Low-molecular weight heparins (LMWHs), as compared with unfractionated heparin (UFH), present superior bioavailability, much longer plasma half-life, and lower incidence of side effects. For these reasons, over the past two decades LMWHs have become the drugs of choice for the treatment of deep venous thrombosis, pulmonary embolism, arterial thrombosis, and unstable angina. Furthermore, their use in acute ischemic stroke is currently under study. LMWHs are obtained by UFH depolymerization, which can be performed using various methods, including nitrous acid depolymerization, cleavage by beta-elimination of benzyl ester, enzymatic depolymerization, and peroxyl radical-dependent depolymerization. This article addresses the chemical depolymerization, obtained by free radical attack (mainly hydroxyl radical), of heparin. The electron spin resonance (ESR) spectroscopy, coupled to the spin trapping technique, was employed to study this reaction. Free radical-mediated heparin depolymerization was performed under different chemical conditions. The final products of the reactions were purified and classified on the basis of their molecular weight and other characteristics. The level of heparin fragmentation was different depending on the type of depolymerization reaction used. Moreover, the level of reproducibility and the resulting radical species were different for every type of reaction performed.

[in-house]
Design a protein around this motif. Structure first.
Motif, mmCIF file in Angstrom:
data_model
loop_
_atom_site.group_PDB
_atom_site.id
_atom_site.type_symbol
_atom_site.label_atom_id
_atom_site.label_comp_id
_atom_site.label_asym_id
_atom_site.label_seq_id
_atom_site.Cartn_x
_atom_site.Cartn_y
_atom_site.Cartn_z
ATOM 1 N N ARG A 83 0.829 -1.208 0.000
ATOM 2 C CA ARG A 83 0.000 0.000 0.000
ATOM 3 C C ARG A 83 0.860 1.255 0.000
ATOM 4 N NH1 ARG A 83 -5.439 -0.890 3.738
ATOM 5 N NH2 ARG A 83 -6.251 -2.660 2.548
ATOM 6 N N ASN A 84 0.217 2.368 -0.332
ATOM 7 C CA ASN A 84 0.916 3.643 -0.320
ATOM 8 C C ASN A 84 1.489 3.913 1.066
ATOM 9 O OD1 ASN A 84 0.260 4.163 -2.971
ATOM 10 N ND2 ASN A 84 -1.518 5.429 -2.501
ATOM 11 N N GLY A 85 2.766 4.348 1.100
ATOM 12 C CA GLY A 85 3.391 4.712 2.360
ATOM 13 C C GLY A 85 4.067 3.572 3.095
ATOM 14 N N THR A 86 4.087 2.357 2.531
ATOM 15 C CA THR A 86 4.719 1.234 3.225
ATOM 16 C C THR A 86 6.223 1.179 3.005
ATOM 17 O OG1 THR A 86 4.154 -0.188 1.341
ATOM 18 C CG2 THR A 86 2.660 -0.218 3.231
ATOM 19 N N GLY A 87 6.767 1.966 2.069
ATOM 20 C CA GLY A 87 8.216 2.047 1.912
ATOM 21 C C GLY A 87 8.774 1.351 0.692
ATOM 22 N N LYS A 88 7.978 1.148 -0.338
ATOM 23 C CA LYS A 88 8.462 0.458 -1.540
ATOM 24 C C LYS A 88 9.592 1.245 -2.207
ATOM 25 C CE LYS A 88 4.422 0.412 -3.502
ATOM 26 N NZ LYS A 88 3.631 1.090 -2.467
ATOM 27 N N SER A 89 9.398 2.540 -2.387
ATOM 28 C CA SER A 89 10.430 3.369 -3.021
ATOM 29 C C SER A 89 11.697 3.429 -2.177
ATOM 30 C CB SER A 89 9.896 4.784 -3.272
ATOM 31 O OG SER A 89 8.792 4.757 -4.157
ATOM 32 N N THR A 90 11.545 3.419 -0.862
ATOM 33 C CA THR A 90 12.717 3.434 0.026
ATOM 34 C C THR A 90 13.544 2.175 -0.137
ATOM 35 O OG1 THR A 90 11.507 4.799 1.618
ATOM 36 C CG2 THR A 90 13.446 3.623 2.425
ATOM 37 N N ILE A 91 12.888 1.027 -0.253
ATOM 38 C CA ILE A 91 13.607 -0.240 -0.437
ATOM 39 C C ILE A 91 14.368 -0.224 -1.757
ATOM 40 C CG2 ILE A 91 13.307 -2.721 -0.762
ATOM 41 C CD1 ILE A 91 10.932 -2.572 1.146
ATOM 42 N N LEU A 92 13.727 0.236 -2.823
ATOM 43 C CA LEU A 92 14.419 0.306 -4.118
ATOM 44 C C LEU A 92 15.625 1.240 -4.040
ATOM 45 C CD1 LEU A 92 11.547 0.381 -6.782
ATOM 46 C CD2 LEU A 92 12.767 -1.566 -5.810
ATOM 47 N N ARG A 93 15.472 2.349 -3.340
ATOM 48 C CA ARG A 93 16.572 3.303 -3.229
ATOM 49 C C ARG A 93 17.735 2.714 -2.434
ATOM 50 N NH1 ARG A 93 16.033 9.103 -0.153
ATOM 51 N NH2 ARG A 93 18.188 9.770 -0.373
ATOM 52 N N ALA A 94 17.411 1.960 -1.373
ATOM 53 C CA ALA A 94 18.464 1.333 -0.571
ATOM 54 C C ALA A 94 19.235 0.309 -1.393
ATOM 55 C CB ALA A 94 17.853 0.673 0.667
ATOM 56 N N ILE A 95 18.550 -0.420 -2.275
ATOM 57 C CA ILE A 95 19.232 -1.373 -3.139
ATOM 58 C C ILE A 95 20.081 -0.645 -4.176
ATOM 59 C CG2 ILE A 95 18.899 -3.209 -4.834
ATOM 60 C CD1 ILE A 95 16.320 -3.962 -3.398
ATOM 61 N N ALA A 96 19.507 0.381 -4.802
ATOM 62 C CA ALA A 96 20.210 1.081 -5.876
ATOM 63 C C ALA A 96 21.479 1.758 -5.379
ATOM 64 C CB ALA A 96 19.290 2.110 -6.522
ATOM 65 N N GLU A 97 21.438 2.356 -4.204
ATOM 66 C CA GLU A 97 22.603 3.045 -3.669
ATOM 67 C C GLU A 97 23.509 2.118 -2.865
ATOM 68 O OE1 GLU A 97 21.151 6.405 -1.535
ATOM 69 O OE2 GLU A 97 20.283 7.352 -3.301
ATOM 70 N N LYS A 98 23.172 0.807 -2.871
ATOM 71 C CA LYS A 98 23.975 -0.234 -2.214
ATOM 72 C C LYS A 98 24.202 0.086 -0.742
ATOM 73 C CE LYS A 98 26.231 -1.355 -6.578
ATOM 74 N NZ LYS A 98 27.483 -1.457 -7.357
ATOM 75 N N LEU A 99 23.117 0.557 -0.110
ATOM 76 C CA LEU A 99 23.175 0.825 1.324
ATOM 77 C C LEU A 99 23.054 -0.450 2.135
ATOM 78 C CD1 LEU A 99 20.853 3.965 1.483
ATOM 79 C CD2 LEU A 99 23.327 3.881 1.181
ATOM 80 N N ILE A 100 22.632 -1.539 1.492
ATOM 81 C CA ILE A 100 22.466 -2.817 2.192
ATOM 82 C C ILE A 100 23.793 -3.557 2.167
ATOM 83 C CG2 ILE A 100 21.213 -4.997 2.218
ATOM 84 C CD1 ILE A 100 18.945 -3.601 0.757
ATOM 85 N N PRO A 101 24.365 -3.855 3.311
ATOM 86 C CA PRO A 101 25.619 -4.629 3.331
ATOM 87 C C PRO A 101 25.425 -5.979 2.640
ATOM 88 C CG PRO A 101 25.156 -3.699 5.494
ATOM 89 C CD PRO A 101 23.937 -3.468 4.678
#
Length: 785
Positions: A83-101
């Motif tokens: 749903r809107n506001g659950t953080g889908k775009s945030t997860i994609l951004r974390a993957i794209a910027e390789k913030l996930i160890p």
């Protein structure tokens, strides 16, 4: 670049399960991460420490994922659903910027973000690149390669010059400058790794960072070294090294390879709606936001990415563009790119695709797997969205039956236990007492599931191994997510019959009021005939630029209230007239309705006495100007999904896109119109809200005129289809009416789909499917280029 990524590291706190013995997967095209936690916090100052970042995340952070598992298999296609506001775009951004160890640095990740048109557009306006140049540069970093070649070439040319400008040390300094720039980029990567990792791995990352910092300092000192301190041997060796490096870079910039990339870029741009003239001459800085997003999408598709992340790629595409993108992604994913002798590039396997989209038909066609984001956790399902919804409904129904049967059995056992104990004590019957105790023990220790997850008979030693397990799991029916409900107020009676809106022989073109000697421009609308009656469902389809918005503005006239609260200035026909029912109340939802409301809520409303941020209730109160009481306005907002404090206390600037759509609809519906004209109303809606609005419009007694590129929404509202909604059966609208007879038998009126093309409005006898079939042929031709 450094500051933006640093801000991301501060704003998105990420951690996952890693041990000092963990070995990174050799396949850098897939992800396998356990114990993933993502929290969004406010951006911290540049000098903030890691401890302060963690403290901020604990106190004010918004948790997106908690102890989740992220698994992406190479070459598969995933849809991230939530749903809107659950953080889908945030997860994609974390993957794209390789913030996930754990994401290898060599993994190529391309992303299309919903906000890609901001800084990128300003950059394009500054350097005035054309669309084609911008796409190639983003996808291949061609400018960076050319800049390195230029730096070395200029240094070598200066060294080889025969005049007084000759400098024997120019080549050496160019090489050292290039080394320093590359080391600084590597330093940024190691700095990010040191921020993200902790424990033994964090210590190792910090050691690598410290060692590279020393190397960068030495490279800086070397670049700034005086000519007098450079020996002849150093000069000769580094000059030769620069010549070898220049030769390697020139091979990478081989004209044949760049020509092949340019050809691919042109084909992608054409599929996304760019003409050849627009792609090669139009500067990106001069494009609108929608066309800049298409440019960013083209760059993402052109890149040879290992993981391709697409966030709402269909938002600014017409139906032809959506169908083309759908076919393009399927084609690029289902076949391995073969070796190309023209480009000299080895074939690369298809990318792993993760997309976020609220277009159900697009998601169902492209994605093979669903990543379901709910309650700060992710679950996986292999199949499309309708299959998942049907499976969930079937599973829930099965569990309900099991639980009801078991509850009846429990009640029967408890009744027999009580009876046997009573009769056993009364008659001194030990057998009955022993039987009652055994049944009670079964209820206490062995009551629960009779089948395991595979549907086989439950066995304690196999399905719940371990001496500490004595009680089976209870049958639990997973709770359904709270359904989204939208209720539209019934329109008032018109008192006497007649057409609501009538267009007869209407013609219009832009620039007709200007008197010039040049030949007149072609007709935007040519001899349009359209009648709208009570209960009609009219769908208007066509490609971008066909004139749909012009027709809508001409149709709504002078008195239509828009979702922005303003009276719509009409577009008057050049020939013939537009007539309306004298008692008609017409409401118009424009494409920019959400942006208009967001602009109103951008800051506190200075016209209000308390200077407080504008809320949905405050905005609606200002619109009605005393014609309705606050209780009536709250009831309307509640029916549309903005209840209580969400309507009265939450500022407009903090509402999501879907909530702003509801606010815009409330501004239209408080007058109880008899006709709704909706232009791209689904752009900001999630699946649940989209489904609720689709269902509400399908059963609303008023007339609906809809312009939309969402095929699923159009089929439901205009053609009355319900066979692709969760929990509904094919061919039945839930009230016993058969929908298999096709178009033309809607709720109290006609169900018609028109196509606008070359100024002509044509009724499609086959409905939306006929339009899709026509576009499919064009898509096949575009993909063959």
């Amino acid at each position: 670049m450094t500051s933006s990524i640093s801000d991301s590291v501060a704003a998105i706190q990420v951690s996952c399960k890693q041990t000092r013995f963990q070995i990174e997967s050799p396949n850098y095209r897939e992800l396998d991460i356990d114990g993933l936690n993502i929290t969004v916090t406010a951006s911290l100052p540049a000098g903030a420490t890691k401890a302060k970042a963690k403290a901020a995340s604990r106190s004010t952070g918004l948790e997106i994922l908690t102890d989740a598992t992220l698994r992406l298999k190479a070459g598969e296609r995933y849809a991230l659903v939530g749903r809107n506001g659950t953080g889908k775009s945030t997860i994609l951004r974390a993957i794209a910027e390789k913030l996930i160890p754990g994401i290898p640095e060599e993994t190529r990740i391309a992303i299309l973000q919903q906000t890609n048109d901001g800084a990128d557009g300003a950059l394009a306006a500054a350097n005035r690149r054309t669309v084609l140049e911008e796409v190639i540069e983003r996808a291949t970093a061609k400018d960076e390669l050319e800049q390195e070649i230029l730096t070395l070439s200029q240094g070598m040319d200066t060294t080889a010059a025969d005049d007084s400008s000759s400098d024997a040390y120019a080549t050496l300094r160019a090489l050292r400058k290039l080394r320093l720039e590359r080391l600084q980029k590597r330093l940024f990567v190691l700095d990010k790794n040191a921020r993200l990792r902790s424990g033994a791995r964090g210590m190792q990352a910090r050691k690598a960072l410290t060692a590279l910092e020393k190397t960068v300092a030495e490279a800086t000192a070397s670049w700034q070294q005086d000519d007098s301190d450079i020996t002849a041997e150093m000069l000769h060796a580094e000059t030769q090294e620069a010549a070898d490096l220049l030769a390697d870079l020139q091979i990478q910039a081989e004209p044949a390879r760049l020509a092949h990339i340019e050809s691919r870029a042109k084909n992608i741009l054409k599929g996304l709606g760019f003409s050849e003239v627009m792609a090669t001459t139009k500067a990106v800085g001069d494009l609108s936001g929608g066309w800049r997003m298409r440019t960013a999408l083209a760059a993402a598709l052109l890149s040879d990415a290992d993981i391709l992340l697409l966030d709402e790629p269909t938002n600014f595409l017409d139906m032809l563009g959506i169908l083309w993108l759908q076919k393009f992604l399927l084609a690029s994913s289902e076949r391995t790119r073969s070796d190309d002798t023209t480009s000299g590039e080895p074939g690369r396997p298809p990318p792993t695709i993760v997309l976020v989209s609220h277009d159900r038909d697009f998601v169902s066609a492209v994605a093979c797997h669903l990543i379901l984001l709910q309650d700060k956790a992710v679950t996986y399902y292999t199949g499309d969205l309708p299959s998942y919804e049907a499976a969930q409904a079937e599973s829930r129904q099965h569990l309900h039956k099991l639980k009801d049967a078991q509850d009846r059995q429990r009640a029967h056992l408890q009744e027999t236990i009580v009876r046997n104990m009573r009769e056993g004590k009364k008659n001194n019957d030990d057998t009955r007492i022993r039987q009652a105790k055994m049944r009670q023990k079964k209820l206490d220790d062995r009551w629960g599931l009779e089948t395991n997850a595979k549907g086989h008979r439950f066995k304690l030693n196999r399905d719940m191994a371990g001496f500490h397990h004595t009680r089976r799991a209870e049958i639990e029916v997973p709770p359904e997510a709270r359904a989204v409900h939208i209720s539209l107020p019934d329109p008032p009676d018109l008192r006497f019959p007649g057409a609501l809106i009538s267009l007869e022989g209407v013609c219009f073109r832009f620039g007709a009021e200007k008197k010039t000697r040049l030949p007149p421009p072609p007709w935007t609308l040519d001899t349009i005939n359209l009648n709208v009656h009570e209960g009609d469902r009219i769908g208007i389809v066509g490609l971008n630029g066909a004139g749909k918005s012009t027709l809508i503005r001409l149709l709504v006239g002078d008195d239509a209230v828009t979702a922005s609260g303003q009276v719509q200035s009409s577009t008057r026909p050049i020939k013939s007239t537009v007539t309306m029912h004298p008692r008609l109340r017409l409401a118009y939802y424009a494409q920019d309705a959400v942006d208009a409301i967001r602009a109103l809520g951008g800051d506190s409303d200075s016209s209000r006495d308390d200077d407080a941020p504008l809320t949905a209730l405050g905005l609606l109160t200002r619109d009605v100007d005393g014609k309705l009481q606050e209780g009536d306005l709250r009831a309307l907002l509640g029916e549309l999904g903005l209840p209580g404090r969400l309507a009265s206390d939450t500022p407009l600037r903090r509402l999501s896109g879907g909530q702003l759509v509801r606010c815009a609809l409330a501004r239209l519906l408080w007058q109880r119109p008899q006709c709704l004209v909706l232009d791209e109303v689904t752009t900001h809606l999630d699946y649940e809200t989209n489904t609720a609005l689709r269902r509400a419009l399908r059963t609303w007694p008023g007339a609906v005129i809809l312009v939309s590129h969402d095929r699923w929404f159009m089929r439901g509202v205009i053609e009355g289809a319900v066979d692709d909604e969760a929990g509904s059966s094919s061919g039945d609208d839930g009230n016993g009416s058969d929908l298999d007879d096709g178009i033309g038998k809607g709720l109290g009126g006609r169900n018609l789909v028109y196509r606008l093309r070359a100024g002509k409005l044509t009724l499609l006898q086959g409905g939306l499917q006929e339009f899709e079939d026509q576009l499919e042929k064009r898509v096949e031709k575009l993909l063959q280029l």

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|Anno di pubblicazione:||2005|
|Titolo:||Free radical generation during chemical depolymerization of heparin|
|Autori:||C. Rota; L. Liverani; F. Spelta; G. Mascellani; A. Tomasi; A. Iannone; E. Vismara|
|Appare nelle tipologie:||Articolo su rivista|
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